For the most part, these residency requirements are standard. However, there are a few exceptions (such as military assignments), and if you are unsure whether you qualify, you should discuss it with your family law attorney.
Another potential roadblock to a quick divorce is mediation.
During mediation, a neutral third party (called a “mediator”) will meet with you and your spouse to try and help you reach an agreement outside of court. Mediators are licensed negotiators and typically have a lot of experience resolving complex issues like parenting plans, custody, property division, and alimony. Everything said in these proceedings is confidential, and attorneys are not required to be present (although we strongly recommend it since a mediator’s top priority is resolution, and not necessarily your best interest).
At North Texas Family Lawyers, we urge our clients to try mediation before proceeding to litigation. These negotiations are not only an excellent way to maintain control over your outcome, but they are significantly cheaper and faster than a traditional trial.
In Denton, mediation is not required; however, in some counties, you might not have a choice. Texas jurisdictions are not blind to the benefits of mediation—both for the couple and for an already overloaded court system. For this reason, mediation is often a mandatory step for anyone wishing to pursue a contested divorce.
Required Waiting Period
The most similar rule (in purpose) to a required separation period, however, is Texas’s waiting period.
According to the Texas Family Code, judges cannot make a final ruling on a divorce until sixty days after the filing date. Ergo, even if you wanted to rush your divorce through a hasty D.I.Y. process (which isn’t something we’d recommend, anyway), you’ll still be in a holding pattern for at least two months afterward.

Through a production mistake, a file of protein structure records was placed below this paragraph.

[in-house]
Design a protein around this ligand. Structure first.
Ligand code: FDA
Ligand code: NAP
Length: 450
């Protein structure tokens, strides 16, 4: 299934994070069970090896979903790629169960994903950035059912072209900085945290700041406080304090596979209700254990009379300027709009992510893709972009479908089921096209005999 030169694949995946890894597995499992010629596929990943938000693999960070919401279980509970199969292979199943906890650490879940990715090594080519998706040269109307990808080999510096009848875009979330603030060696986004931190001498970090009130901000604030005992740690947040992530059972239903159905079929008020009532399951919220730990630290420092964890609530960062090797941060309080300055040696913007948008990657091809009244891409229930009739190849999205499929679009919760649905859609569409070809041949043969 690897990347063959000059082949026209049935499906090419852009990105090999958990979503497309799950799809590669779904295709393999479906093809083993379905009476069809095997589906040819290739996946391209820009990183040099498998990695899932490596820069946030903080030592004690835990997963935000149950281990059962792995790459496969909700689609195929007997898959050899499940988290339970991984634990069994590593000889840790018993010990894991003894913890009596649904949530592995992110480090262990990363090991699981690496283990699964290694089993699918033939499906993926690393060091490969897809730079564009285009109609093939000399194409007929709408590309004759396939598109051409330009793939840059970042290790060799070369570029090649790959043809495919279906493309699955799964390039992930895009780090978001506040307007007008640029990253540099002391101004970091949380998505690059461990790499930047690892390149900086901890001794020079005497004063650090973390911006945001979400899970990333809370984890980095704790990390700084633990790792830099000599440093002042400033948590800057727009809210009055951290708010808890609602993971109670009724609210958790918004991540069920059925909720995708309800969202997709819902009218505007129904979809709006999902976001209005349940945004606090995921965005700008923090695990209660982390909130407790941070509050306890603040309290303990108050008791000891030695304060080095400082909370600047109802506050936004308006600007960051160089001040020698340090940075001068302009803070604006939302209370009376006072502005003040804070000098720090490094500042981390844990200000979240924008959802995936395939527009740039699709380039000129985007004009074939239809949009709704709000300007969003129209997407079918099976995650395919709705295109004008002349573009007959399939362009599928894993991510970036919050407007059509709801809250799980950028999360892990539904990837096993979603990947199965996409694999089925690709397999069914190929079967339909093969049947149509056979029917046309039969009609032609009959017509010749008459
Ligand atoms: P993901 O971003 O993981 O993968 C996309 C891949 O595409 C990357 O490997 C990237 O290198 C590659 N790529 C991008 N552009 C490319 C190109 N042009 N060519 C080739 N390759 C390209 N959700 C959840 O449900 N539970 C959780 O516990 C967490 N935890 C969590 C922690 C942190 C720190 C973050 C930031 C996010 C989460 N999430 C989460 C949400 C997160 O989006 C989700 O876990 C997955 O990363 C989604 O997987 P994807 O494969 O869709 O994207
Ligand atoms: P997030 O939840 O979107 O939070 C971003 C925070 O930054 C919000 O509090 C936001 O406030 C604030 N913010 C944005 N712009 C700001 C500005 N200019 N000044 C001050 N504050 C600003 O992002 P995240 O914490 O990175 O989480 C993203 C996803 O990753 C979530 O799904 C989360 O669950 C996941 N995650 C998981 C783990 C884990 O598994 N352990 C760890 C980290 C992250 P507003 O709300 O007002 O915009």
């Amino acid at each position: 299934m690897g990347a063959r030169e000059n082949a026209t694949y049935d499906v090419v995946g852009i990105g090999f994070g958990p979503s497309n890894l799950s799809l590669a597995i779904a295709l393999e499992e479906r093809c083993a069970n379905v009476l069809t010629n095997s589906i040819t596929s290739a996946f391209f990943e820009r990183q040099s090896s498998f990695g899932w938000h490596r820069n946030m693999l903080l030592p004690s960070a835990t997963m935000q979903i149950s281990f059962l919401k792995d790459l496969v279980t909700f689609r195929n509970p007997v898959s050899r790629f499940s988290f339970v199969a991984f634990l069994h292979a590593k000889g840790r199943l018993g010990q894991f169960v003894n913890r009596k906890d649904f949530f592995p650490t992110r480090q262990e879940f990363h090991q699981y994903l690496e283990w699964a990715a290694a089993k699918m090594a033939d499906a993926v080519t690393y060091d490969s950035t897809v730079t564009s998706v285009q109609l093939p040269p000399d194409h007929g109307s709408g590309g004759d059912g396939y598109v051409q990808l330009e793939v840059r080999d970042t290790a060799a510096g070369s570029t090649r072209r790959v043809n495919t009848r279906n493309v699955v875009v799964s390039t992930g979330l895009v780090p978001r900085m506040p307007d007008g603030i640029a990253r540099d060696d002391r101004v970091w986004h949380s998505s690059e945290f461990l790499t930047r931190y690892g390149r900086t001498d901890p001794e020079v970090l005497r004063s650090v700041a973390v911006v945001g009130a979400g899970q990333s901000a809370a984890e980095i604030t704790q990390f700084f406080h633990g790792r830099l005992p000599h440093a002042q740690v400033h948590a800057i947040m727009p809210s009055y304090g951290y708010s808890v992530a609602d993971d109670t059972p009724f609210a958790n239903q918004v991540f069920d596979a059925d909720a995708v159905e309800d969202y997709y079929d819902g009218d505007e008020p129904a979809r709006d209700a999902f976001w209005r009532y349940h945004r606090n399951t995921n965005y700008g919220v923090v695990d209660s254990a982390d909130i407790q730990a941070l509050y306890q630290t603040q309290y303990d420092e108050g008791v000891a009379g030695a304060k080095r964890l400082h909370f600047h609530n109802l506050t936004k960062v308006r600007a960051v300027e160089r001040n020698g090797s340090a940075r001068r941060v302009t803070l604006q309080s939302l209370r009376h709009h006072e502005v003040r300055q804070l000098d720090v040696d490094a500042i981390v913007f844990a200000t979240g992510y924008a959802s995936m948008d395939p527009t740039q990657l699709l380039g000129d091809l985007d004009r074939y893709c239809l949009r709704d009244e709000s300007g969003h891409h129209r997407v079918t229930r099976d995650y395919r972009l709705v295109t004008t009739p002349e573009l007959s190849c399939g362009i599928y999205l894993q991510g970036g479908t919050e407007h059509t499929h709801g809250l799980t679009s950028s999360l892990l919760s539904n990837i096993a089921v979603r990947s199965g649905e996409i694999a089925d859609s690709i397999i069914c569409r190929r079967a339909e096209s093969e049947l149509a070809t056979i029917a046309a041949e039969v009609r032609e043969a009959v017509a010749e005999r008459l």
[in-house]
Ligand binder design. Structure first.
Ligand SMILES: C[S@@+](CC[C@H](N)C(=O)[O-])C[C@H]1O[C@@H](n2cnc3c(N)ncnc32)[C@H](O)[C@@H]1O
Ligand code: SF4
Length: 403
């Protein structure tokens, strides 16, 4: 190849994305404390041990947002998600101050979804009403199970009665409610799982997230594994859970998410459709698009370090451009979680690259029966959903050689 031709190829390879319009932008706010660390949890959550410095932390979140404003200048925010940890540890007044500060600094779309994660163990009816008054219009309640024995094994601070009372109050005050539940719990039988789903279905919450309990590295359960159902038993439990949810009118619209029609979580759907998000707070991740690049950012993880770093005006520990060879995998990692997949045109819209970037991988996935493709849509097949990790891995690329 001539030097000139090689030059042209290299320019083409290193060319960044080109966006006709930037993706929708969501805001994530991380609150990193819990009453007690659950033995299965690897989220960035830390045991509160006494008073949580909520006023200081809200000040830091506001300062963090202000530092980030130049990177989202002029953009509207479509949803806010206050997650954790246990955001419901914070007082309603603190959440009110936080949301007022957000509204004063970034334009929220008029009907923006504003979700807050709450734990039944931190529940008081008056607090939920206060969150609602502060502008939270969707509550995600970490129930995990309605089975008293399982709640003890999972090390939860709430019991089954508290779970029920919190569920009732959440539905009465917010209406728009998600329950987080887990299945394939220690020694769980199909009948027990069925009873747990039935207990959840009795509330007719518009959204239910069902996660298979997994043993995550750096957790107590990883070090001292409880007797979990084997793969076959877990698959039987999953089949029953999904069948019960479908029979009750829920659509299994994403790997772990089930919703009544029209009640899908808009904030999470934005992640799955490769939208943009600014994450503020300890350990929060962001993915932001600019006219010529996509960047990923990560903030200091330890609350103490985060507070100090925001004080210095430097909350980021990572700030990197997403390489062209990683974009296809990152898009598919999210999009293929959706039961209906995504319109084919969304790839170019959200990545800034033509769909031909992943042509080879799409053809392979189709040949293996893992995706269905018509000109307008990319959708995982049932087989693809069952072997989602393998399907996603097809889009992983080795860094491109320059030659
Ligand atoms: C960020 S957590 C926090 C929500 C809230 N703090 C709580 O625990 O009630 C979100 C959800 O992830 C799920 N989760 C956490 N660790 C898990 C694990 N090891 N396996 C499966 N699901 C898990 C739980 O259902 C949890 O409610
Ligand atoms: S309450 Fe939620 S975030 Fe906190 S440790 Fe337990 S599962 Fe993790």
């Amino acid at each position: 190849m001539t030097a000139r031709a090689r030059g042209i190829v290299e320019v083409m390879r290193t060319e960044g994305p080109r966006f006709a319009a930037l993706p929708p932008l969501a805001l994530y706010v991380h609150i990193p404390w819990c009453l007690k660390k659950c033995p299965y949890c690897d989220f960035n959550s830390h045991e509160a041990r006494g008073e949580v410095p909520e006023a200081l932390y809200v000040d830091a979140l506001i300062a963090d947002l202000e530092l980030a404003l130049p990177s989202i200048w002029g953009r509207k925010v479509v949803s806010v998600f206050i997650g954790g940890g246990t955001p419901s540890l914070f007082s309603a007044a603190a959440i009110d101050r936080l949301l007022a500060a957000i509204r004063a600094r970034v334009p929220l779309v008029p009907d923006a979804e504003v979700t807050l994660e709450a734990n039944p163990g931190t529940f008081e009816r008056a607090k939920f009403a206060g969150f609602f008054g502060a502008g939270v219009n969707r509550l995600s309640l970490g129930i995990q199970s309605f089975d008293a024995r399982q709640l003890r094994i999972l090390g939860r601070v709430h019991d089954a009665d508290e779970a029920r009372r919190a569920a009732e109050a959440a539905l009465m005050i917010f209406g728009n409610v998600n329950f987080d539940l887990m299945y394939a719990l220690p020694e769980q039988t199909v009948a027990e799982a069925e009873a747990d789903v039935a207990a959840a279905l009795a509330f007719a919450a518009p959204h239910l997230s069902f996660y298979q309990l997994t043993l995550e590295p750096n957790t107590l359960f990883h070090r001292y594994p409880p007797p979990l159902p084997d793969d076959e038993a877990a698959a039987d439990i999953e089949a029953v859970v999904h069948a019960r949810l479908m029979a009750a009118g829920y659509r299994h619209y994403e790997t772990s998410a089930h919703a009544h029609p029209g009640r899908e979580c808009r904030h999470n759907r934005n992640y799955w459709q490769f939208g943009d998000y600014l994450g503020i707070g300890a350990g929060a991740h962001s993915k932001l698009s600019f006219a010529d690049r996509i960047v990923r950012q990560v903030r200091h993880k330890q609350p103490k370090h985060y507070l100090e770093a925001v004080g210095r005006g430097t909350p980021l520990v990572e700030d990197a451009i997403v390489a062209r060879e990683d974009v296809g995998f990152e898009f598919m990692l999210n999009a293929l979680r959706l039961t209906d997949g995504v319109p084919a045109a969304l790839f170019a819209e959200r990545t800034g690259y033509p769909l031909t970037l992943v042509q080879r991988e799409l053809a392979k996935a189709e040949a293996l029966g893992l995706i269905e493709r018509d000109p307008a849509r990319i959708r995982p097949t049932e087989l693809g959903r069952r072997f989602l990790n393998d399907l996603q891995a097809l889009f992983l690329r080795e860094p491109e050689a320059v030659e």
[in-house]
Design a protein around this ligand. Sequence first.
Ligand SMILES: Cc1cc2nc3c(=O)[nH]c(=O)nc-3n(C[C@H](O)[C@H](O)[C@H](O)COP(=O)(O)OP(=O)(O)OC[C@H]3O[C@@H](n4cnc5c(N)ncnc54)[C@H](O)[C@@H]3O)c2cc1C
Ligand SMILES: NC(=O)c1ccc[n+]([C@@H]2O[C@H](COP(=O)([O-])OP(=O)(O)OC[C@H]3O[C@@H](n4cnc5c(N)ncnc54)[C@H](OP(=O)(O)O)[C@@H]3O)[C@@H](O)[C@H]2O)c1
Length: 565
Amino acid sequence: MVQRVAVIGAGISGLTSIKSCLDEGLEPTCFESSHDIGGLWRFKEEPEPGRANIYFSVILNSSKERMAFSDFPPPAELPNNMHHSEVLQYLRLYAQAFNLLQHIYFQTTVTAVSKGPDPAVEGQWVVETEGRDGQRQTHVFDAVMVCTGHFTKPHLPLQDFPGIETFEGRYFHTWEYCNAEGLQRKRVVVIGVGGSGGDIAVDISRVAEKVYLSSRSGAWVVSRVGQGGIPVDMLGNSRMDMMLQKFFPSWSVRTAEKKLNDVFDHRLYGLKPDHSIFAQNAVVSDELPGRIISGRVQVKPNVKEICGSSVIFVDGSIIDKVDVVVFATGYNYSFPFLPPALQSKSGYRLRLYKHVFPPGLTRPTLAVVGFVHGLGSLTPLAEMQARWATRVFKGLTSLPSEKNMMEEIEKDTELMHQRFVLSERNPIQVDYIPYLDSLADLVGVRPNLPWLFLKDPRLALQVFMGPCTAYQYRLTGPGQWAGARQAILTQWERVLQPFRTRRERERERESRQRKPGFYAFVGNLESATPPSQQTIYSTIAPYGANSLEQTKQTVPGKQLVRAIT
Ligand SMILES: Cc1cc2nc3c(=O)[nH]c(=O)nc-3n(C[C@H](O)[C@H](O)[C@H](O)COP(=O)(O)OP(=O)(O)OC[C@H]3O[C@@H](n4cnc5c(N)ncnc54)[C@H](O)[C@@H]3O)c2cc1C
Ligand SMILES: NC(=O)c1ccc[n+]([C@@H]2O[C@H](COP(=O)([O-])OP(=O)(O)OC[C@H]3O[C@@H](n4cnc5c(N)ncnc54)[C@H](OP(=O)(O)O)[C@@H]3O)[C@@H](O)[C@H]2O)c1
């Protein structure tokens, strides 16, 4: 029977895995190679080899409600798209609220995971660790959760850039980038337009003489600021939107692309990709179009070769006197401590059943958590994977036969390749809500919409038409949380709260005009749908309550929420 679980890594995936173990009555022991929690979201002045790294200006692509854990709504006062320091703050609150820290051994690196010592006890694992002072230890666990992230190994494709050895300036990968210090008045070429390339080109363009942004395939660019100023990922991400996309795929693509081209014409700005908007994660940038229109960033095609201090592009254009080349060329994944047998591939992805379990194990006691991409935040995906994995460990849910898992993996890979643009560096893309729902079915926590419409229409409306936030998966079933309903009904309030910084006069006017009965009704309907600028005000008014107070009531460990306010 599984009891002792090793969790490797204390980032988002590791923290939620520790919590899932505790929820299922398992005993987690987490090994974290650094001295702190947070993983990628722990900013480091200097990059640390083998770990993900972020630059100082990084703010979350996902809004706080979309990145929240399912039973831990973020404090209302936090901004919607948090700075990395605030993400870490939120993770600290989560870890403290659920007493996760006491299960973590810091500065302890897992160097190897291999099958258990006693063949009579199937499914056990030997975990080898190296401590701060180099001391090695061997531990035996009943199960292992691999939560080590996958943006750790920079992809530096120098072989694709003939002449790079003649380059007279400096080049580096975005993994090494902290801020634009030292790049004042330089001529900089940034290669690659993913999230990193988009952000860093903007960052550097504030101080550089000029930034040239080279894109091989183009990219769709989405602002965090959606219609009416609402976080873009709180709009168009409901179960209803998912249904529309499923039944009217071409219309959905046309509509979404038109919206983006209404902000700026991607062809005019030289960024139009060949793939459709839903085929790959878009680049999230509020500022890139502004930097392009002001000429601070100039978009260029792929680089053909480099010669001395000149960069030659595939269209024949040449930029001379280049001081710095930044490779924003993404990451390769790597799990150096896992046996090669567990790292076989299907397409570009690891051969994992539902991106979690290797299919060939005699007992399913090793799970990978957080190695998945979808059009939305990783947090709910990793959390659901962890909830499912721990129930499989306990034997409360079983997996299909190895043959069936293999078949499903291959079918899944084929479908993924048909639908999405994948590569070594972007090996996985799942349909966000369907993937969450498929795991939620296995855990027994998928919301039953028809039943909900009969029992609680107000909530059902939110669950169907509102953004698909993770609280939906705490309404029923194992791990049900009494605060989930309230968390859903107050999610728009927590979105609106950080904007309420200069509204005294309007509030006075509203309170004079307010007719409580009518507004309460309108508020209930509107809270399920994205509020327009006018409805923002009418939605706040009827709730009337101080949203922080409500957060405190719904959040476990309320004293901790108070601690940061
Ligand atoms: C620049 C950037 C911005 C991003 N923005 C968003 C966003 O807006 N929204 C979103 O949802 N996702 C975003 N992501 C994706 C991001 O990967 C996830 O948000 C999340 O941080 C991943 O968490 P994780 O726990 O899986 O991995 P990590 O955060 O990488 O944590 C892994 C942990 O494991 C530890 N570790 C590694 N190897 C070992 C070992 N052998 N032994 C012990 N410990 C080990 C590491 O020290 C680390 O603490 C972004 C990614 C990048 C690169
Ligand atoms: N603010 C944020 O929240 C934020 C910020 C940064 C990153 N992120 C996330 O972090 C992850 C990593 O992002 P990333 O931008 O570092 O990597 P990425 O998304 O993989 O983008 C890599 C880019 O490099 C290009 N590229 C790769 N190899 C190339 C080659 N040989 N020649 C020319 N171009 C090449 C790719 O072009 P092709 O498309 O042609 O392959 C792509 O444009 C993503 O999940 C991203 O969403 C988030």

Similar to the factors motivating enforced separation, this delay is designed to give couples time to reconcile—which, as crazy as it might sound, actually happens quite frequently. Hence, the only time courts are willing to make an exception to this rule is for situations involving domestic violence.
Finally, it may not happen as often, but it’s also worth mentioning that courts will almost always delay a divorce if one of the partners is pregnant. This holds true, even if the baby was fathered by someone outside the relationship.
Part of the reasoning behind this is that courts prefer to address all divorce-related matters simultaneously, including childcare responsibilities. Another part, however, is because of parentage. If there is a question in that regard, then you’ll need to establish paternity through genetic testing, a matter that cannot be resolved until after the baby is born.
Legal Separation Attorneys in Texas
In the end, sometimes absence does make the heart grow fonder. Hence, even if Texas doesn’t require it, separation can be the perfect solution for couples who need time and space to decide if divorce is right for them.
If you are contemplating the possibility of separation in Texas, the family law attorneys at North Texas Family Lawyers want to hear from you. Call us today at (972) 402-6367, or schedule a consultation online, and let us help you find a solution that will work best for your unique situation.